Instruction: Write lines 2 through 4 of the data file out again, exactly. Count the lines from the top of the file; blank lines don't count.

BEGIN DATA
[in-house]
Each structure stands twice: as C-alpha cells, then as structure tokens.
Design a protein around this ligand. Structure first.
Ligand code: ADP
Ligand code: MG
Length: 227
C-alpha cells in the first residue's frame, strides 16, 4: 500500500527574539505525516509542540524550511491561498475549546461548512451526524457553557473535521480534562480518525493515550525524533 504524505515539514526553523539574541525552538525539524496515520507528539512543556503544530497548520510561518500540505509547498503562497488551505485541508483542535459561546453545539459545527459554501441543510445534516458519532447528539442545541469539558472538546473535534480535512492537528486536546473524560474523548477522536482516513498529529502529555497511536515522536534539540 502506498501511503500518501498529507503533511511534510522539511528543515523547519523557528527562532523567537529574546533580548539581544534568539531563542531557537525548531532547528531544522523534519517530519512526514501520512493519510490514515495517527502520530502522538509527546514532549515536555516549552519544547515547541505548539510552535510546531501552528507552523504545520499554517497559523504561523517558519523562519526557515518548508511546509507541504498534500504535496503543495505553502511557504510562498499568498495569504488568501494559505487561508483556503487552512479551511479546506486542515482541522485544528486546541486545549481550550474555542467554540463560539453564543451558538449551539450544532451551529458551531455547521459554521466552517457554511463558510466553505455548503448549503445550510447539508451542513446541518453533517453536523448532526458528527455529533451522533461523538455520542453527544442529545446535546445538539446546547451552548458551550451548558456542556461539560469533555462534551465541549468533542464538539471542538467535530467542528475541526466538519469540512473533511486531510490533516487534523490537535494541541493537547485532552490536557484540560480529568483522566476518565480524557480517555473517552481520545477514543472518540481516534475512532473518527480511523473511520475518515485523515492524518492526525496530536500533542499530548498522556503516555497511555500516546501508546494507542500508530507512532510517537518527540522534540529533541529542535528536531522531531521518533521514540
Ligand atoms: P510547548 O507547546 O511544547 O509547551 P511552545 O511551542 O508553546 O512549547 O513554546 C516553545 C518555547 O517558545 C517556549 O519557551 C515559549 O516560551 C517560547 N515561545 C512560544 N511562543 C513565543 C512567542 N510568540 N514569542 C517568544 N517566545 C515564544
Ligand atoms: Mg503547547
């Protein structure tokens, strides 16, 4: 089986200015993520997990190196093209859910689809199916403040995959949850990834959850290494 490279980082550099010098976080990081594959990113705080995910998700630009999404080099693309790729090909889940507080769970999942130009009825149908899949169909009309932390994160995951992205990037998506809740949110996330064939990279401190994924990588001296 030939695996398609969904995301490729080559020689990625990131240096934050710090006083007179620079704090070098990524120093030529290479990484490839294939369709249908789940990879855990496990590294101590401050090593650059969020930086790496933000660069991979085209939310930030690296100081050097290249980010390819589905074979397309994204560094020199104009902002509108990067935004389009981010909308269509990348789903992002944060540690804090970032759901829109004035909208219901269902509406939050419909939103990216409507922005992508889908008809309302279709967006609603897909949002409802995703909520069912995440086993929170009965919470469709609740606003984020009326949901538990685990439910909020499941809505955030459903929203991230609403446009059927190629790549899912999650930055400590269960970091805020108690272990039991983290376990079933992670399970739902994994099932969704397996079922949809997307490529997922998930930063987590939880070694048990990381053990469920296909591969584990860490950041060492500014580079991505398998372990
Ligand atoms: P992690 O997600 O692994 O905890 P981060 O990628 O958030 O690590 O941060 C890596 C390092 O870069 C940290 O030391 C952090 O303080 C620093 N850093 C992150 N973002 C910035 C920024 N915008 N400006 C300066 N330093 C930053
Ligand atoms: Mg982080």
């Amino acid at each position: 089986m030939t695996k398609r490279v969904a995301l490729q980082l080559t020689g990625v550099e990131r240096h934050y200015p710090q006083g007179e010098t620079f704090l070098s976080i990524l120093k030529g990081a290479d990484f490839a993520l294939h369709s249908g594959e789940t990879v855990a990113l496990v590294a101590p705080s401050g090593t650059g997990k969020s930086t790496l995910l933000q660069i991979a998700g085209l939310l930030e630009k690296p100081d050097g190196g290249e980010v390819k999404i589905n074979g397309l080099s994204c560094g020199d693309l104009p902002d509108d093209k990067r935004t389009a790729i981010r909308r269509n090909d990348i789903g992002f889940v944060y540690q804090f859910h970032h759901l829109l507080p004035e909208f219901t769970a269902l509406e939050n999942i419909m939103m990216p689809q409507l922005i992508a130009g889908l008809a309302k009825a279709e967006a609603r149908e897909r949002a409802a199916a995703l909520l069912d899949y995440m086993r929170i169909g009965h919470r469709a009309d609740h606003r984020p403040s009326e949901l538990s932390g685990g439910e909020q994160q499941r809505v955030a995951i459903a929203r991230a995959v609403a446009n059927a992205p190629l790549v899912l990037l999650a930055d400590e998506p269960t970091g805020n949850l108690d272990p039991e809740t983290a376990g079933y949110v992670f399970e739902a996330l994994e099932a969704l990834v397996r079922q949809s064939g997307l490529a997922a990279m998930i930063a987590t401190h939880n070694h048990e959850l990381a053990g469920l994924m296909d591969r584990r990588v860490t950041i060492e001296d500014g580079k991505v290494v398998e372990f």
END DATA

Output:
Each structure stands twice: as C-alpha cells, then as structure tokens.
Design a protein around this ligand. Structure first.
Ligand code: ADP